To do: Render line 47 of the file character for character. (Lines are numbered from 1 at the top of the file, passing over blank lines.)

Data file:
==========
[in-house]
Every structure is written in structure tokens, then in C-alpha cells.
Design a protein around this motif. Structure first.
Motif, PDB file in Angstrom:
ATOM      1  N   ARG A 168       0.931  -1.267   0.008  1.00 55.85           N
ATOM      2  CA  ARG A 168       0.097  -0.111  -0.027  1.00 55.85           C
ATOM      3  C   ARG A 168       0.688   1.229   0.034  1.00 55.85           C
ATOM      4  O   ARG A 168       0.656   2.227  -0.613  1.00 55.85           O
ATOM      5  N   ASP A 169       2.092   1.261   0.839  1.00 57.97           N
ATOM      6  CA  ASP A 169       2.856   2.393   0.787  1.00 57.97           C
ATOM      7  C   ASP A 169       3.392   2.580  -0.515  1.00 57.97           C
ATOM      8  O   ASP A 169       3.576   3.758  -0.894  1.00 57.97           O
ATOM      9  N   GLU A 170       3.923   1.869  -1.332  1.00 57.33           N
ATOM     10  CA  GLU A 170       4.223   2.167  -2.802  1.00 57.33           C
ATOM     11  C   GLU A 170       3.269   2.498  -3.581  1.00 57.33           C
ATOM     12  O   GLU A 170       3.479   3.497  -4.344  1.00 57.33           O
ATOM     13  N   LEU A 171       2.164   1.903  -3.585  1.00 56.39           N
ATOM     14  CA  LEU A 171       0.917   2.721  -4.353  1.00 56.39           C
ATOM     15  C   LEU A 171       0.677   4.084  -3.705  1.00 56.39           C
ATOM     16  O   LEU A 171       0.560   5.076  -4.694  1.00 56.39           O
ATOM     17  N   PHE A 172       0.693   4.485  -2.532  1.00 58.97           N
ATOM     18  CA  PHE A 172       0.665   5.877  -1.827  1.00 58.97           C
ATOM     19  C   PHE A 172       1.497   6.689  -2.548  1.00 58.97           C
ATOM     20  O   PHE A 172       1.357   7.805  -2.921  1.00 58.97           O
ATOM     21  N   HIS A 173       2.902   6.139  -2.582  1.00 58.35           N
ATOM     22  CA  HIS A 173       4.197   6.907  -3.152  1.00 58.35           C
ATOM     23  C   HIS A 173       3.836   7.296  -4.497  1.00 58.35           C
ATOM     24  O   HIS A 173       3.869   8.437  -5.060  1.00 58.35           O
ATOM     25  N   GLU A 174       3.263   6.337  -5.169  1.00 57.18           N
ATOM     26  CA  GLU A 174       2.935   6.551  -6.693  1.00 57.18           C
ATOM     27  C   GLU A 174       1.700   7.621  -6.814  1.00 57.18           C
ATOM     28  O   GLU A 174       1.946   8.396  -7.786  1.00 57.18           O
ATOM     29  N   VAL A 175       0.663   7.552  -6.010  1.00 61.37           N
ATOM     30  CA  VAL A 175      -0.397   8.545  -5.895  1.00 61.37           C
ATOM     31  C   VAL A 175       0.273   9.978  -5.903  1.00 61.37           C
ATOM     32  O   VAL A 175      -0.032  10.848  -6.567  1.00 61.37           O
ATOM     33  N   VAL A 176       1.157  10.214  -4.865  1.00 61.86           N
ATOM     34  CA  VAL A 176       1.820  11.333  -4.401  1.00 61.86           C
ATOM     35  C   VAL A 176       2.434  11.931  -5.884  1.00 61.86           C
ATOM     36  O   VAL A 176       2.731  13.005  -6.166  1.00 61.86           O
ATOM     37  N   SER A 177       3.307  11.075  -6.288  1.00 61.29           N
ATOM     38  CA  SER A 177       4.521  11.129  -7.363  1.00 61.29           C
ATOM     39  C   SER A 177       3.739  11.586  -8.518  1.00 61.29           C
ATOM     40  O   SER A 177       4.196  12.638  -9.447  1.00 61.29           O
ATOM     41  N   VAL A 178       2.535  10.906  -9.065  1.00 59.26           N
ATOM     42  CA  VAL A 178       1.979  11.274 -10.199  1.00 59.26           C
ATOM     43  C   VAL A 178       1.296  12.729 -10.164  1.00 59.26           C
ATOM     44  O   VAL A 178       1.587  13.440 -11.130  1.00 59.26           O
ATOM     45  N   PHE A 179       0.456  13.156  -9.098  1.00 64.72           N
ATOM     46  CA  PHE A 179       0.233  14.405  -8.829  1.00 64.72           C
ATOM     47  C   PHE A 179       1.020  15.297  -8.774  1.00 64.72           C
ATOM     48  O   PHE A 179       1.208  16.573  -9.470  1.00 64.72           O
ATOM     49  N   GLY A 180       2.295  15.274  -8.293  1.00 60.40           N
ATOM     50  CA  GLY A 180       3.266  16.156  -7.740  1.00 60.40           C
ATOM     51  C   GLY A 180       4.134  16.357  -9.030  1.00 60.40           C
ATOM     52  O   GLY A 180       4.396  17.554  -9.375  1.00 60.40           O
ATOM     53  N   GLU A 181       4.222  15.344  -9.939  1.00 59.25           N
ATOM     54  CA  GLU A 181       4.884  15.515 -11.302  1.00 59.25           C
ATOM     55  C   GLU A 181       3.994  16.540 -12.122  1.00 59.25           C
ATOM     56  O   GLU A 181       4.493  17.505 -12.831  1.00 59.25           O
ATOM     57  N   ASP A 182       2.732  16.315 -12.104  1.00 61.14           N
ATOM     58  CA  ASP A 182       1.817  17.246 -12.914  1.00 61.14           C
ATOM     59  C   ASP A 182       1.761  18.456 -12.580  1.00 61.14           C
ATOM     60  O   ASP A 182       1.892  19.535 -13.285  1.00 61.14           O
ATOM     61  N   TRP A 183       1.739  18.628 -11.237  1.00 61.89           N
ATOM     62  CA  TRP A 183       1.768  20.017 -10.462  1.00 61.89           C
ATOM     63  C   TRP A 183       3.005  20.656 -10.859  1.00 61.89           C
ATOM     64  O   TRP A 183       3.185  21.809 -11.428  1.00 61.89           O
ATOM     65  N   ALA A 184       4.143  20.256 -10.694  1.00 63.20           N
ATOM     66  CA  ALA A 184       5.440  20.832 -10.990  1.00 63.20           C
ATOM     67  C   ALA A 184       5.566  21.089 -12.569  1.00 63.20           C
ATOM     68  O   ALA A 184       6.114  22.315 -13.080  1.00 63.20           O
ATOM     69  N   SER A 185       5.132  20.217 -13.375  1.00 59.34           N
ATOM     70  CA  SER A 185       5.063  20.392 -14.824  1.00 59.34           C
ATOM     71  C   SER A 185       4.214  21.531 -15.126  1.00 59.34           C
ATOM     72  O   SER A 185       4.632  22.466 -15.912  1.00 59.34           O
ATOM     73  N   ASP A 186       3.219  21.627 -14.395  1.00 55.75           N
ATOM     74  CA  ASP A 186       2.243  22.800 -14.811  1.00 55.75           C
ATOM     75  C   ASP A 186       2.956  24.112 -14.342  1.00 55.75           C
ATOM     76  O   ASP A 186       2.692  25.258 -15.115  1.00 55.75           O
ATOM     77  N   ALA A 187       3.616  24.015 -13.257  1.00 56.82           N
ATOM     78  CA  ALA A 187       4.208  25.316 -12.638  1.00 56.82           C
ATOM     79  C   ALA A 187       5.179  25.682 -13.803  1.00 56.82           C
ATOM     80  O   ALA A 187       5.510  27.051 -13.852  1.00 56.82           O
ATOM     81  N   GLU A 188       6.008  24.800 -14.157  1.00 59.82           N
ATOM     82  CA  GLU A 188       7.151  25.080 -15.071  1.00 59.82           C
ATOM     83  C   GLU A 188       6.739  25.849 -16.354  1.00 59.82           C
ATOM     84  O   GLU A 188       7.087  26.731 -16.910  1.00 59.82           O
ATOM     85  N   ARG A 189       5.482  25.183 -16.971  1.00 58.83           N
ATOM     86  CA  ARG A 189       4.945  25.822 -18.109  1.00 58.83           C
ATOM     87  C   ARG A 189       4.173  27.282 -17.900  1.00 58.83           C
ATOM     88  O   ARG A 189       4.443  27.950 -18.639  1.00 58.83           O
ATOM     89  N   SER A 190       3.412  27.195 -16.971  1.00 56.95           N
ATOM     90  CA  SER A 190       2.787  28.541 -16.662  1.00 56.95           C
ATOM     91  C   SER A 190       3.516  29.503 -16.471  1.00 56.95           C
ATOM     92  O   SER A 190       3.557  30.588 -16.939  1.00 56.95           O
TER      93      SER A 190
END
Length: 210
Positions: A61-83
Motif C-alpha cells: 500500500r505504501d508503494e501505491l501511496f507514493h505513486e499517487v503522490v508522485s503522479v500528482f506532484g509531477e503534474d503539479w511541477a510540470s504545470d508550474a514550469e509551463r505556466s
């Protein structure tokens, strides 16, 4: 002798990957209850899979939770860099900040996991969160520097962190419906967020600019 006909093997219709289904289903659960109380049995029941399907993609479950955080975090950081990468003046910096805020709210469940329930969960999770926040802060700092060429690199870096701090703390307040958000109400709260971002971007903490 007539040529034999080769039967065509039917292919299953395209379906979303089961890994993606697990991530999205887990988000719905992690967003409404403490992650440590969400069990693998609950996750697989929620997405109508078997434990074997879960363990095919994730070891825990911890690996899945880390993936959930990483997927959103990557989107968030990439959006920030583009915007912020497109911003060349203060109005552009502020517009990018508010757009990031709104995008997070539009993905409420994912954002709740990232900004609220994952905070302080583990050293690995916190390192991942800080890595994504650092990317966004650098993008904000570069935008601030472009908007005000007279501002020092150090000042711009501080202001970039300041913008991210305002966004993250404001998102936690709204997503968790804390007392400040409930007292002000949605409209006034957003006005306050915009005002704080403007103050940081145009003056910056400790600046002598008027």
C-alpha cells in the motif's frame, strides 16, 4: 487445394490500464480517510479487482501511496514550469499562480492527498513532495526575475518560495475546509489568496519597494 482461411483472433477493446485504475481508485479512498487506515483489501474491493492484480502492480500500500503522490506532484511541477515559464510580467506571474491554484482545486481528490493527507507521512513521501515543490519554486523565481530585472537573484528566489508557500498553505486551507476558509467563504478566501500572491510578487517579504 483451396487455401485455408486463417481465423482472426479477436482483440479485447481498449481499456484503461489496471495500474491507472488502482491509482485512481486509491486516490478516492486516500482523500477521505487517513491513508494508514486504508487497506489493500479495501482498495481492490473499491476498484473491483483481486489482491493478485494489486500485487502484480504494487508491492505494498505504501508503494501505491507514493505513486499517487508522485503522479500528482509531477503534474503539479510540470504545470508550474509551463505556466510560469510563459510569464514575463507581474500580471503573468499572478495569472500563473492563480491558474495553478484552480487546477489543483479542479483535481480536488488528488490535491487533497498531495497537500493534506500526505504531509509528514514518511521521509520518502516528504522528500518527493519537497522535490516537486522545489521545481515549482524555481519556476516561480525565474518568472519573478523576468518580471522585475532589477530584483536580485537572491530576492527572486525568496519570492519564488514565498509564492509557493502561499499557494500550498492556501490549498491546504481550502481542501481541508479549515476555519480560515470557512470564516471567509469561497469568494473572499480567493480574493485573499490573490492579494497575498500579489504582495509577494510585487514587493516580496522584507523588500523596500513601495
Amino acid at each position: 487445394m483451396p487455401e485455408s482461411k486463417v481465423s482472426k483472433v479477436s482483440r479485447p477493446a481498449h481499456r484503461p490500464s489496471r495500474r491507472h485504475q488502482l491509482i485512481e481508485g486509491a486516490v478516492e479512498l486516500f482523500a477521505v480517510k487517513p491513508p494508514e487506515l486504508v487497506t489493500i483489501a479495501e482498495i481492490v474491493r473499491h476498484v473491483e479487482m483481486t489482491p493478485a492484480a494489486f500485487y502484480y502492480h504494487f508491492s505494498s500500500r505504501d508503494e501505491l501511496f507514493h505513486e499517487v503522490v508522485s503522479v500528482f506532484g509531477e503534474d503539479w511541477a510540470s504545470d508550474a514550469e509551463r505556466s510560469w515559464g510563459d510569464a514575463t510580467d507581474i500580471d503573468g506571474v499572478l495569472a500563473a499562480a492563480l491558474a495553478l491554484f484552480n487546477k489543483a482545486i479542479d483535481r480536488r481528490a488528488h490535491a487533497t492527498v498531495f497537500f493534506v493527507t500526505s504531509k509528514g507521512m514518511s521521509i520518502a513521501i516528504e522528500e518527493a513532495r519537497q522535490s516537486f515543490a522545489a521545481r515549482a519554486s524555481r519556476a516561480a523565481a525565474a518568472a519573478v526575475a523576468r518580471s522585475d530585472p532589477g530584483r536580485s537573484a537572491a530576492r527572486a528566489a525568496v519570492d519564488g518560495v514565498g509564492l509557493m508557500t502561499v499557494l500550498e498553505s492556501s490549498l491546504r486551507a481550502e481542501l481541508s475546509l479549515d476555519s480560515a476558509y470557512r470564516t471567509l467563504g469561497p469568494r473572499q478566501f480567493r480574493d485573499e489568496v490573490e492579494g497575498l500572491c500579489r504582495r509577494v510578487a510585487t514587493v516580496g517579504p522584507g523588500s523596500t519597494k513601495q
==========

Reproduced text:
ATOM     43  C   VAL A 178       1.296  12.729 -10.164  1.00 59.26           C